Police siren

A little boy who fell from a float trailer at the tail end of the Mt. Juliet Christmas Parade Saturday afternoon passed away from his injuries at Vanderbilt Children’s Hospital, according to Fire Department of Mt. Juliet Chief Jamie Luffman.

“I just was informed the child did pass at the hospital,” he told the Wilson Post at 5:45 p.m. Saturday night.

The 7-year-old boy was treated immediately at the scene and rushed to Vanderbilt Children’s Hospital.

The accident happened at the end of the route, at the end-staging arena behind Mt. Juliet Middle School around 12:20 p.m., police said.

“We had a tragic accident behind Mt. Juliet Middle School, Luffman said. “It’s confirmed the child is 7 years old. Somehow the boy fell off the truck. This is unbelievably tragic.”

He said at first it was unclear how the boy fell off.

“I had conflicting reports at that time, I’m unclear if the boy somehow fell off, or if maybe his pant leg got caught in the wheel well and dragged him off.”

Luffman said there was severe head trauma and bystanders immediately began resuscitation measures and life-saving efforts.

The Wilson Management Agency crew from Fire Department of Mt. Juliet were on the scene within minutes and began administrating further life saving measures to the child.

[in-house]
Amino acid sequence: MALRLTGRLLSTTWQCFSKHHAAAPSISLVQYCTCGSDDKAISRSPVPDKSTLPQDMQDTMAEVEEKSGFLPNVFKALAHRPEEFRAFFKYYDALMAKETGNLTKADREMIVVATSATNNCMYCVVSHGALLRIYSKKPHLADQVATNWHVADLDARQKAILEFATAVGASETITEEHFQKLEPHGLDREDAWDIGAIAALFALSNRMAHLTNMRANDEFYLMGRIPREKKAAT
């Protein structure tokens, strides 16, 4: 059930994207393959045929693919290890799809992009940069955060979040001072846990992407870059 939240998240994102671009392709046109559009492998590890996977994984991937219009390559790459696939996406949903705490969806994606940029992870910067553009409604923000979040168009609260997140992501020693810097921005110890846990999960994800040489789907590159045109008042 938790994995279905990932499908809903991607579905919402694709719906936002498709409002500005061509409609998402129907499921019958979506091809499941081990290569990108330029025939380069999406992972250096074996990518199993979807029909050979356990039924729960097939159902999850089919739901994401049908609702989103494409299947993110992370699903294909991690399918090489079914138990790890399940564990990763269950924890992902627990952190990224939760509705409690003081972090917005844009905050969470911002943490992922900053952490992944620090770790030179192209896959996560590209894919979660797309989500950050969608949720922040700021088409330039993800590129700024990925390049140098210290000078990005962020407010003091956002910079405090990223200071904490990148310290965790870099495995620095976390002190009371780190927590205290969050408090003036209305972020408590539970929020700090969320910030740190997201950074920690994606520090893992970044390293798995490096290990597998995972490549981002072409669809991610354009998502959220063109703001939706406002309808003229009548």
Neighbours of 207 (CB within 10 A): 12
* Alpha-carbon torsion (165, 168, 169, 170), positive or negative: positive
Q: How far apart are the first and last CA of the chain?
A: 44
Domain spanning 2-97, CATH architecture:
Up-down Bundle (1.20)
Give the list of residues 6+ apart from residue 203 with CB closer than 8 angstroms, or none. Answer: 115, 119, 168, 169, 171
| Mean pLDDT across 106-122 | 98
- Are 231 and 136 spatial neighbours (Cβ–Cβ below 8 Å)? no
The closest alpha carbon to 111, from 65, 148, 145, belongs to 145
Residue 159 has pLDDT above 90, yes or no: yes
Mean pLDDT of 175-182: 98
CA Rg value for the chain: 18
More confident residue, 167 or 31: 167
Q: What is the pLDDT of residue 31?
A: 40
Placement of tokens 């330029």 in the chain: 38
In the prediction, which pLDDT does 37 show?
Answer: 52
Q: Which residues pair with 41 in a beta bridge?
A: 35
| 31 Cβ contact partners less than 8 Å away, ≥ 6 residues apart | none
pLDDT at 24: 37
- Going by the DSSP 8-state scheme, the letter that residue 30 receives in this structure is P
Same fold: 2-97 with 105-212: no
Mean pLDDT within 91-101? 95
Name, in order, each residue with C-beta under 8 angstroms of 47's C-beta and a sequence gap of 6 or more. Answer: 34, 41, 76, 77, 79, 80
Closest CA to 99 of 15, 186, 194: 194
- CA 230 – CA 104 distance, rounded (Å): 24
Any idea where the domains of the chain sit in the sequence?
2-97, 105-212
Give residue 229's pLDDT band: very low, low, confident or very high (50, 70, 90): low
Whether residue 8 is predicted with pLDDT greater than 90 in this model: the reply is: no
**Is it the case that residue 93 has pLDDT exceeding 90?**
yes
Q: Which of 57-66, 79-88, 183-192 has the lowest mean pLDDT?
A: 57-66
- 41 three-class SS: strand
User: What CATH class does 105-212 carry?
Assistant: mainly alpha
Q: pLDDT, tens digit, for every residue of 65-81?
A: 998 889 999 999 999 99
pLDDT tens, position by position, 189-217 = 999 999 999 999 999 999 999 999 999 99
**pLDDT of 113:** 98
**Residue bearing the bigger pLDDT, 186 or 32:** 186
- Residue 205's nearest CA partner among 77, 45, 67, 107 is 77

Luffman said he led an escort for the ambulance to clear the roadways to Vanderbilt Children’s Hospital.

“The boy’s mother was in the ambulance with her child,” Luffman said right before he heard the news the boy died. “When we got to the hospital, the boy had a vibrant pulse and good respiration. But with such severe head trauma it’s so hard to tell. With this type of severity, and brain swelling, all things can come into play.”

Luffman said he immediately got the mother to the counseling room.

“The father was in rough shape,” he said. “My job was to escort the mother and her son as quickly as possible to the hospital.”

MJPD Cpt. Tyler Chandler said multiple officers responded to the scene due to a full parking lot and packed roadways.

“With a priority for the immediate medical care for the child, officers worked to establish a clear, unobstructed path for medics,” he said. “The ambulance was escorted through heavy traffic and out of the city as it was en route to the hospital.”

Luffman lauded the efforts of the bystanders who administered immediate care. He also praised WEMA responders, FDMJ responders, MJPD, and the MJPD Explorers who came to the scene immediately.

He said he hopes prayer warriors will wrap their prayers around this grieving family who suffered such a tragic loss at a community parade.

“We had a 7-year-old boy fighting for his life,” he said. “I really don’t have the words right now.”

Some emergency responders were given counseling and stress management after the accident.

“Some have never seen or even heard of such a thing,” said Luffman. “Some are in their 20s and this is their first time. My prayers go to this family.”

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